Any group of plants that combines a cheerful, floriferous disposition with ease of culture should be hugely popular. But somehow annuals are still associated with those vast, formal bedding schemes, so popular with our Victorian forebears and whose dying embers linger on in the truncated tradition of “bedding out” in public parks. Unsurprisingly this has prejudiced the discerning gardener against them but a quick browse through the catalogue reveals that this is not the full story.
My inclination is to keep it simple and utilise the tough nuts, the hardy annuals which I think represent the more delicate, subtle and attractive side of the annual round. These don’t require mollycoddling and can be sown “in situ”, literally where they are to flower.
Hardy annuals are the most obliging of plants but there are certain minimum requirements if they are going to perform for you. Firstly, an open sunny position is essential. Secondly, a reasonably good, well-drained soil as starvation and drowning are serious health hazards for anything. Lastly, sufficient space for each individual plant to develop as overcrowding will stunt growth. A common misconception is that hardy annuals thrive on neglect but digging in well-rotted manure, composting every other year and always giving a base dressing of a balanced fertiliser when preparing the seedbed, will ensure a no-starvation diet. Timing of sowing is dependent on weather and local conditions. The soil needs to be workable and above 7C (45F). With outdoor sowings, patience and picking the right moment are definitely a virtue. Mid-April is plenty early enough and you still have time now to sow if you are prompt!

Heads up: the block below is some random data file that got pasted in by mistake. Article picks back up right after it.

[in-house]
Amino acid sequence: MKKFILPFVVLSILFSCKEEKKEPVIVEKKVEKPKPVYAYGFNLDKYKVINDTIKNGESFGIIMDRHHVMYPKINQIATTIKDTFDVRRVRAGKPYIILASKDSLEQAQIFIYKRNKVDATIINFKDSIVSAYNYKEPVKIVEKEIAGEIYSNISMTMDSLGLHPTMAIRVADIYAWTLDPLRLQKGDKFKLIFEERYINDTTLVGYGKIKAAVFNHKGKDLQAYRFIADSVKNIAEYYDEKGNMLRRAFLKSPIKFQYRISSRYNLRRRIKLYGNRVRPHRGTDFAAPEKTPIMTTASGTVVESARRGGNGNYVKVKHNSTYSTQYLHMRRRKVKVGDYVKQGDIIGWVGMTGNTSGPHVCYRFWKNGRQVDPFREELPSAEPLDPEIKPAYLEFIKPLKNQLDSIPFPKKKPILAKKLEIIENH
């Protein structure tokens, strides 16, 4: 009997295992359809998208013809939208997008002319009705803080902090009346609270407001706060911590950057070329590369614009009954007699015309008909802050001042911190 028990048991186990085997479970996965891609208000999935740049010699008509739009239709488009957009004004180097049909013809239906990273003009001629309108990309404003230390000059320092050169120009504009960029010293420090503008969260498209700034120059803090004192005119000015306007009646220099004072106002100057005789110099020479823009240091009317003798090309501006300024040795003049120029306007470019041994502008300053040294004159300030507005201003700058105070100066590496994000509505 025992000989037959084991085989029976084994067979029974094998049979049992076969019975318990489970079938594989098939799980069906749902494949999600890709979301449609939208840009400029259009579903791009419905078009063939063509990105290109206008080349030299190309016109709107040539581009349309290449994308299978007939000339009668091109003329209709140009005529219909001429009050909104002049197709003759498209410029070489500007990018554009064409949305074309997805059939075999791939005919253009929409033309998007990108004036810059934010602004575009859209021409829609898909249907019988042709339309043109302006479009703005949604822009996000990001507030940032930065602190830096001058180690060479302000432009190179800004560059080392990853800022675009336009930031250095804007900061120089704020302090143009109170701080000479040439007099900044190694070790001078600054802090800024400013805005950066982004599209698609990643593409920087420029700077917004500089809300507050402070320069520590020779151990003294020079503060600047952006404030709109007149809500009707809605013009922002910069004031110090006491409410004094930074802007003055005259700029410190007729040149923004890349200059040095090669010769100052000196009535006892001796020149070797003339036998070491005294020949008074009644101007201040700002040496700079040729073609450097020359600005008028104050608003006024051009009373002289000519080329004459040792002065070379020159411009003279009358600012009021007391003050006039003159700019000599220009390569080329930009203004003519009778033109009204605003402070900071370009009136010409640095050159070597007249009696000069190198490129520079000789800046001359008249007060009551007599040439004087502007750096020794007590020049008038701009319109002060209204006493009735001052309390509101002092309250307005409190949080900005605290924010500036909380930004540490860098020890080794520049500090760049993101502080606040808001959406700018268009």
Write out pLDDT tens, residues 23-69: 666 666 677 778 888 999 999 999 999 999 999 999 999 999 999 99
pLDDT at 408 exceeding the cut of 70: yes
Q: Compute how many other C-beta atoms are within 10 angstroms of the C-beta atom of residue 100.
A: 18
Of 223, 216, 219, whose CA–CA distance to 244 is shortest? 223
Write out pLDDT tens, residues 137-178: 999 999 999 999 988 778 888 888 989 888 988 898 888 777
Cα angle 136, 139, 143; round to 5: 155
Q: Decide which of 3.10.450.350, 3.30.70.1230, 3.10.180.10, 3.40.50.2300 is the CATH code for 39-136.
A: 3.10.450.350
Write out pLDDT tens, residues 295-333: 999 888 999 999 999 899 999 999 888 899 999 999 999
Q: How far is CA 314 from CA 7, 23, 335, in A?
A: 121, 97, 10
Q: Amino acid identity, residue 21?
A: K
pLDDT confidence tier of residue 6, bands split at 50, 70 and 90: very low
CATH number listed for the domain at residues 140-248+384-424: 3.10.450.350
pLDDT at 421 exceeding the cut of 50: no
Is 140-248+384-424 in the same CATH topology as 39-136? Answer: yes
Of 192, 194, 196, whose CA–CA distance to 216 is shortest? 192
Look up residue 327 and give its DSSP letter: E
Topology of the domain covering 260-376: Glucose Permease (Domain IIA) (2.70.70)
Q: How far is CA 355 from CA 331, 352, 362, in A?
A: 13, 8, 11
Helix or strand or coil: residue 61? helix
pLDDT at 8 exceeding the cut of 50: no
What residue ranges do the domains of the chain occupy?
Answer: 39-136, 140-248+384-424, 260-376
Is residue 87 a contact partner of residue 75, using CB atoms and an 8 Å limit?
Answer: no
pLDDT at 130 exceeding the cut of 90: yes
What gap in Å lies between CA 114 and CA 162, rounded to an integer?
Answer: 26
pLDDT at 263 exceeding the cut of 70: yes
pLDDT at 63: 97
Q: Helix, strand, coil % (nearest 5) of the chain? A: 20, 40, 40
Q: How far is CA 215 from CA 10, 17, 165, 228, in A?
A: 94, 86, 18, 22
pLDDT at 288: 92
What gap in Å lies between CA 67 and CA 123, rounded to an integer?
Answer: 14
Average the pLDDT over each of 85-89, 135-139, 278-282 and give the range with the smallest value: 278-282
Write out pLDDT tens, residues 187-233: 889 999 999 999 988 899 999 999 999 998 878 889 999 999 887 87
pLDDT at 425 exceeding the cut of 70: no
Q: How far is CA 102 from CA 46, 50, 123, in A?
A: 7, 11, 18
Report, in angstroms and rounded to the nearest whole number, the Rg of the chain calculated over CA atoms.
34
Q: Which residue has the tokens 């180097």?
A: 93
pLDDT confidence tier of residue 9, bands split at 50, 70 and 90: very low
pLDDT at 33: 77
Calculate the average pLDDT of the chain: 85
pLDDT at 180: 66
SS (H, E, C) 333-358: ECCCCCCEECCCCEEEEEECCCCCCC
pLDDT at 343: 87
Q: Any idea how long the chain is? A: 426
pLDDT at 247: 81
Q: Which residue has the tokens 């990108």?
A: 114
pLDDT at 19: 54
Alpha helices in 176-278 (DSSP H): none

Having prepared your seedbed and firmed it you can then transfer your plan, which should show the position of each cultivar and be worked out on paper beforehand, onto the beautifully raked ground by drawing the pattern in the soil with a finger or stick. Seed of each cultivar is then sown in the appropriate position. You can broadcast it but I prefer to sow in shallow drills, that is, in straight lines equidistantly spaced at 7.5-15cm. This makes it easier to distinguish between weed and flower seedling and also facilitates thinning later. This thinning is essential to produce sturdy, well developed plants and should be undertaken as soon as the seedlings are big enough to handle. Choose a moist, mild day, select and retain the sturdiest specimens and as you go re-firm the soil with your fingers to ensure close contact between soil and seedling.
Once established annuals generally require little maintenance; partly a reflection of their short but sweet lives. However, until they close their canopy pay careful attention to weeding. Once they have done so the weeding should drop right off, hooray! Watering is important during germination and until the seedlings begin to mature but thereafter should only be an issue in drought periods. If growth is really poor a liquid feed is a good way of providing a quick pick-me-up. Taller, floppier varieties such as Clarkia or Godetia benefit from a little discrete underpinning with brushy sticks. And that’s about it, just sit back, light the blue touch paper and wait for the floral fireworks.
West Dean Gardens is part of the Edward James Foundation. Charity No. 6689362. www.westdean.org.uk/gardens
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